The US government has set its sights on the fast-growing crypto mining industry, launching a data-gathering initiative to evaluate its environmental impact, particularly regarding energy consumption.
The U.S. Energy Information Administration (EIA), acting on an urgent directive from the White House, is set to monitor the electricity consumption by cryptocurrency mining companies in the United States. Initially, the effort will focus on a select group of Bitcoin miners, who are required to report detailed information on their energy use and other operational statistics.
Crypto miners have been widely criticized in recent years for their substantial energy consumption and the consequent impact on power grids and carbon emissions. Now, the scrutiny has moved beyond mere soundbites into a formal government investigation.
The EIA will focus on how power demand for crypto mining is changing, identify the geographical concentration of mining activities, and determine the sources of electricity for these operations.
“We do think it is a significant source of demand which is worthy of our efforts to quantify it. However, until we are able to substantiate the activity with better data, we, too, have more questions than answers,” — EIA's Glenn McGrath for Reuters
However, Noelle Acheson of Crypto is Macro Now suggests that this new government's data collection initiative may not be such an “innocuous information-gathering exercise.” She highlights in a recent post that the initiative starts from a position far from neutral: “It looks like the PR battle over how much energy Bitcoin mining consumes is not over after all.”
“The estimate the agency came up with is between 0.6% and 2.3% of all U.S. electricity consumption. This is a wide band, but nevertheless it is couched in terms to imply that, whatever the actual figure, it’s too much.”
While the second-largest cryptocurrency, Ethereum, reduced its energy footprint significantly by transitioning to a proof-of-stake consensus model, there remains a keen interest among policymakers in the energy usage of crypto mining. This interest is also fueled by studies like one from the Rocky Mountain Institute, which estimated Bitcoin's global energy consumption at 127 terawatt-hours (TWh)—surpassing that of Norway.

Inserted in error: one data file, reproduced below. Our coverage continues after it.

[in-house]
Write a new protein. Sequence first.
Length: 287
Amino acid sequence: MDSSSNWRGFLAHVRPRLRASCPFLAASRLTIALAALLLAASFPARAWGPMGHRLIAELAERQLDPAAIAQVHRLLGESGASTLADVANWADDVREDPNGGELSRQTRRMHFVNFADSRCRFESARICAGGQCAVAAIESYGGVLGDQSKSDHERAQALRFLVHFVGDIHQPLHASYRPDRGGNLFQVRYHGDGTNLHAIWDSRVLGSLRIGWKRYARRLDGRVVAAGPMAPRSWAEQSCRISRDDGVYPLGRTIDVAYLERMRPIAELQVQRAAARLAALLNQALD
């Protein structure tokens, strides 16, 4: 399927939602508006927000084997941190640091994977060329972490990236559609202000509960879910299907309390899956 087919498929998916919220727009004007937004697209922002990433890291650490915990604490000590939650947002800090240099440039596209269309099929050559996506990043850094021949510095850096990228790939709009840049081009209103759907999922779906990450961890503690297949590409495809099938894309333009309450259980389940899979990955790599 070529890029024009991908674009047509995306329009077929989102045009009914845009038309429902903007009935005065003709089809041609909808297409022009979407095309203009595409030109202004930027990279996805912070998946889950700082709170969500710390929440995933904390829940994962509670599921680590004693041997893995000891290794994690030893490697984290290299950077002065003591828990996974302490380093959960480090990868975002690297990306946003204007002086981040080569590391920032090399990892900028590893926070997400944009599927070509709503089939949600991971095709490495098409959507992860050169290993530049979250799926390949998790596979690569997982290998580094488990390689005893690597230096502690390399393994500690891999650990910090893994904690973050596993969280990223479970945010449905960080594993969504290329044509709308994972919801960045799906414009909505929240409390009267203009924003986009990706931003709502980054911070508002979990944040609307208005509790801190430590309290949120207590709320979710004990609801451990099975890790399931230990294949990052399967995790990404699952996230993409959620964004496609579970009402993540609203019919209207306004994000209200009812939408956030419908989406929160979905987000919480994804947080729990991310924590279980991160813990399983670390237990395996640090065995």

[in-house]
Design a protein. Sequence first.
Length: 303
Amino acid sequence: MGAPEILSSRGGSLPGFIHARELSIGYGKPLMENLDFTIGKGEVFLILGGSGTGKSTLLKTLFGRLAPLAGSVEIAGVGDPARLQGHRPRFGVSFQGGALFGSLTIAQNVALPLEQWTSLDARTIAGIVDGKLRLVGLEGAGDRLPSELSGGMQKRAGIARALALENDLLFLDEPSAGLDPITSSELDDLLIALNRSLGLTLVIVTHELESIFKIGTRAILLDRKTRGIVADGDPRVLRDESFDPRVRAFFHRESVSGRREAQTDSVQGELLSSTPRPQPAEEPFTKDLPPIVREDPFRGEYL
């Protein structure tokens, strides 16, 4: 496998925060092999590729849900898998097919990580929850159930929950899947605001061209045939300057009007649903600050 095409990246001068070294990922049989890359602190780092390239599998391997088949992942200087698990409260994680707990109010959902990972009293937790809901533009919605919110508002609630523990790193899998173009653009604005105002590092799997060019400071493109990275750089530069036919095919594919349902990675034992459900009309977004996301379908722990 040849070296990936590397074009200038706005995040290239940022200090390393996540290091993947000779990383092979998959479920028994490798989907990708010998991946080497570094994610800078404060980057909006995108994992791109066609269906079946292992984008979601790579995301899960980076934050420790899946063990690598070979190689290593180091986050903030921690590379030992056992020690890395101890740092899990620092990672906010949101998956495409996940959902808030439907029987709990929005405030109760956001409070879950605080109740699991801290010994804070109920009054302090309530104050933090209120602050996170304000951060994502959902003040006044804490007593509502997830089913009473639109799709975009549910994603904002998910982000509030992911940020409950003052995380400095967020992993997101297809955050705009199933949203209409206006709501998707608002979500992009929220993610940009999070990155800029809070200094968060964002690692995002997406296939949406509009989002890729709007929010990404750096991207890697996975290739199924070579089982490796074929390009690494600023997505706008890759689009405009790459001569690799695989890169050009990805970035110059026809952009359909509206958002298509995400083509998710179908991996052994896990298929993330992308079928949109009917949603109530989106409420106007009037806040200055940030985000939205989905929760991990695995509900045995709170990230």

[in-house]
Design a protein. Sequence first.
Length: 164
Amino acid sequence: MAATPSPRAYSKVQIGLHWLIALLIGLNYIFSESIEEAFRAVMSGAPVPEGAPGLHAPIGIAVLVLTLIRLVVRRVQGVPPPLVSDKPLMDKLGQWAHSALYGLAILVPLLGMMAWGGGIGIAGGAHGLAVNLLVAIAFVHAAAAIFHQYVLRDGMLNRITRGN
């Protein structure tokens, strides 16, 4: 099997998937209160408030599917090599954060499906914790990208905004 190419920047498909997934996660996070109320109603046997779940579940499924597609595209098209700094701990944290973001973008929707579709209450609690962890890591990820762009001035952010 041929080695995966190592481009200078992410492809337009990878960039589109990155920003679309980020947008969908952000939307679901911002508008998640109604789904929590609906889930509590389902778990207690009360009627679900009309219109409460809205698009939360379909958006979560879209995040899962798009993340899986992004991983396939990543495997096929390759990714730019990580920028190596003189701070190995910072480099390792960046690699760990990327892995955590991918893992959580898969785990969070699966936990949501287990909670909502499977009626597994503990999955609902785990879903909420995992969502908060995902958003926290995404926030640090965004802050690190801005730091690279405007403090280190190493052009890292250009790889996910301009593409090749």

“Bitcoin will eventually use half off all energy, and that is a huge positive. If it wasn't people wouldn't do it. No one is twisting their arm to mine bitcoin.” – Ansel Lindner, Bitcoin & Markets
Meanwhile, Bitfinex's latest weekly report links the drop in Bitcoin prices — alongside the GBTC sell-off — to selling by miners, who used the run-up in BTC as a catalyst to exit or leverage their positions.
Miners are particularly inclined to sell ahead of the upcoming halving event, which will decrease mining rewards and affect their profitability. By selling now, miners can secure capital to upgrade their infrastructure and prepare for the upcoming profitability crunch.
All that said, despite all the implied sell-offs and even the recent movements of some older coins, the majority of the Bitcoin supply has remained dormant, indicating that long-term holders are steadfast.
(Source: Glassnode’s The Week On-chain)
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